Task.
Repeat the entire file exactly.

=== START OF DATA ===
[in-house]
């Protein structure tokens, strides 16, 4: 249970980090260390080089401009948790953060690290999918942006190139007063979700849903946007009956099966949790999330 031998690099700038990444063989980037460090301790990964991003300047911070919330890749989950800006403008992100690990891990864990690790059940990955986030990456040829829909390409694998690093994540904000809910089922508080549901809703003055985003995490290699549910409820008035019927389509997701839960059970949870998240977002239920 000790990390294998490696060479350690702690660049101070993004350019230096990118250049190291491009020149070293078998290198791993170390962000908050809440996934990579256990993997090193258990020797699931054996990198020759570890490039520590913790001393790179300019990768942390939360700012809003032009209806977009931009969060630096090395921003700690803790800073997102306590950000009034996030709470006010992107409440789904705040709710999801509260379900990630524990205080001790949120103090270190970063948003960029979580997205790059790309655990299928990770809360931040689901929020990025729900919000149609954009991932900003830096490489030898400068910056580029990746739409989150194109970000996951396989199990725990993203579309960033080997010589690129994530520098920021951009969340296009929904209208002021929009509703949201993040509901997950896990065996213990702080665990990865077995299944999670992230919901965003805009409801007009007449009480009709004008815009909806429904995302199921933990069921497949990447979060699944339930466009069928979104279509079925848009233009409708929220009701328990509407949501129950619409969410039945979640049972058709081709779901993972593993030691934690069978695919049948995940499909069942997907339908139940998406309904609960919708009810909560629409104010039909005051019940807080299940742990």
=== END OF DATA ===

[in-house]
């Protein structure tokens, strides 16, 4: 249970980090260390080089401009948790953060690290999918942006190139007063979700849903946007009956099966949790999330 031998690099700038990444063989980037460090301790990964991003300047911070919330890749989950800006403008992100690990891990864990690790059940990955986030990456040829829909390409694998690093994540904000809910089922508080549901809703003055985003995490290699549910409820008035019927389509997701839960059970949870998240977002239920 000790990390294998490696060479350690702690660049101070993004350019230096990118250049190291491009020149070293078998290198791993170390962000908050809440996934990579256990993997090193258990020797699931054996990198020759570890490039520590913790001393790179300019990768942390939360700012809003032009209806977009931009969060630096090395921003700690803790800073997102306590950000009034996030709470006010992107409440789904705040709710999801509260379900990630524990205080001790949120103090270190970063948003960029979580997205790059790309655990299928990770809360931040689901929020990025729900919000149609954009991932900003830096490489030898400068910056580029990746739409989150194109970000996951396989199990725990993203579309960033080997010589690129994530520098920021951009969340296009929904209208002021929009509703949201993040509901997950896990065996213990702080665990990865077995299944999670992230919901965003805009409801007009007449009480009709004008815009909806429904995302199921933990069921497949990447979060699944339930466009069928979104279509079925848009233009409708929220009701328990509407949501129950619409969410039945979640049972058709081709779901993972593993030691934690069978695919049948995940499909069942997907339908139940998406309904609960919708009810909560629409104010039909005051019940807080299940742990």